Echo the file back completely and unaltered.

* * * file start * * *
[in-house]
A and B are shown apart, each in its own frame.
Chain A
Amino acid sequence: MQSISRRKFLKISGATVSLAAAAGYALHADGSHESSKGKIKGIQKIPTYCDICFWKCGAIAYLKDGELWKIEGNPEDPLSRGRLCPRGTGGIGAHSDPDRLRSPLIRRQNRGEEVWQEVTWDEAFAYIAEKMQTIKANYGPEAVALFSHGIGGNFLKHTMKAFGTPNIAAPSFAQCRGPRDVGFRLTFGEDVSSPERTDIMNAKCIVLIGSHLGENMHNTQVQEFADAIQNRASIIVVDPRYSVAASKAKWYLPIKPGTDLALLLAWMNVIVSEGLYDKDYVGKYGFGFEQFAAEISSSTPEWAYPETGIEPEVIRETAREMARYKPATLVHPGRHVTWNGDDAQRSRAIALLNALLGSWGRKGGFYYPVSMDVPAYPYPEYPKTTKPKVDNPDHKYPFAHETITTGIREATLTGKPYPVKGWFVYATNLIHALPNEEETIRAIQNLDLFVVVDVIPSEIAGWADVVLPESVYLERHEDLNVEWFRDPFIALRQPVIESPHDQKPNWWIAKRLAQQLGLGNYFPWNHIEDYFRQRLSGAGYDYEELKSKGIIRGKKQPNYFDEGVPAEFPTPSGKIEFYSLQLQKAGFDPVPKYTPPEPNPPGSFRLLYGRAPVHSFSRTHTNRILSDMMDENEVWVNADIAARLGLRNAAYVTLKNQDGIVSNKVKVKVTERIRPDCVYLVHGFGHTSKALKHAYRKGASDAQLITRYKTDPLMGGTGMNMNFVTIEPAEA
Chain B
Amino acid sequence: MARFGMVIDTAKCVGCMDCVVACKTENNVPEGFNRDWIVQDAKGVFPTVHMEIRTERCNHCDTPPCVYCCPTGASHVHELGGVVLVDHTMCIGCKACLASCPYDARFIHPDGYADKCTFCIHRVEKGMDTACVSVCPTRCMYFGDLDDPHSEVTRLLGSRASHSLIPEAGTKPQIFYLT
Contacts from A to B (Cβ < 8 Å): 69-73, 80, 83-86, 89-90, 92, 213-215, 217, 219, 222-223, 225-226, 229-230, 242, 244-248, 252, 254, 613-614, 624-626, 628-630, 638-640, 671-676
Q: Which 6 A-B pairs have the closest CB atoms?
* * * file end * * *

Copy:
[in-house]
A and B are shown apart, each in its own frame.
Chain A
Amino acid sequence: MQSISRRKFLKISGATVSLAAAAGYALHADGSHESSKGKIKGIQKIPTYCDICFWKCGAIAYLKDGELWKIEGNPEDPLSRGRLCPRGTGGIGAHSDPDRLRSPLIRRQNRGEEVWQEVTWDEAFAYIAEKMQTIKANYGPEAVALFSHGIGGNFLKHTMKAFGTPNIAAPSFAQCRGPRDVGFRLTFGEDVSSPERTDIMNAKCIVLIGSHLGENMHNTQVQEFADAIQNRASIIVVDPRYSVAASKAKWYLPIKPGTDLALLLAWMNVIVSEGLYDKDYVGKYGFGFEQFAAEISSSTPEWAYPETGIEPEVIRETAREMARYKPATLVHPGRHVTWNGDDAQRSRAIALLNALLGSWGRKGGFYYPVSMDVPAYPYPEYPKTTKPKVDNPDHKYPFAHETITTGIREATLTGKPYPVKGWFVYATNLIHALPNEEETIRAIQNLDLFVVVDVIPSEIAGWADVVLPESVYLERHEDLNVEWFRDPFIALRQPVIESPHDQKPNWWIAKRLAQQLGLGNYFPWNHIEDYFRQRLSGAGYDYEELKSKGIIRGKKQPNYFDEGVPAEFPTPSGKIEFYSLQLQKAGFDPVPKYTPPEPNPPGSFRLLYGRAPVHSFSRTHTNRILSDMMDENEVWVNADIAARLGLRNAAYVTLKNQDGIVSNKVKVKVTERIRPDCVYLVHGFGHTSKALKHAYRKGASDAQLITRYKTDPLMGGTGMNMNFVTIEPAEA
Chain B
Amino acid sequence: MARFGMVIDTAKCVGCMDCVVACKTENNVPEGFNRDWIVQDAKGVFPTVHMEIRTERCNHCDTPPCVYCCPTGASHVHELGGVVLVDHTMCIGCKACLASCPYDARFIHPDGYADKCTFCIHRVEKGMDTACVSVCPTRCMYFGDLDDPHSEVTRLLGSRASHSLIPEAGTKPQIFYLT
Contacts from A to B (Cβ < 8 Å): 69-73, 80, 83-86, 89-90, 92, 213-215, 217, 219, 222-223, 225-226, 229-230, 242, 244-248, 252, 254, 613-614, 624-626, 628-630, 638-640, 671-676
Q: Which 6 A-B pairs have the closest CB atoms?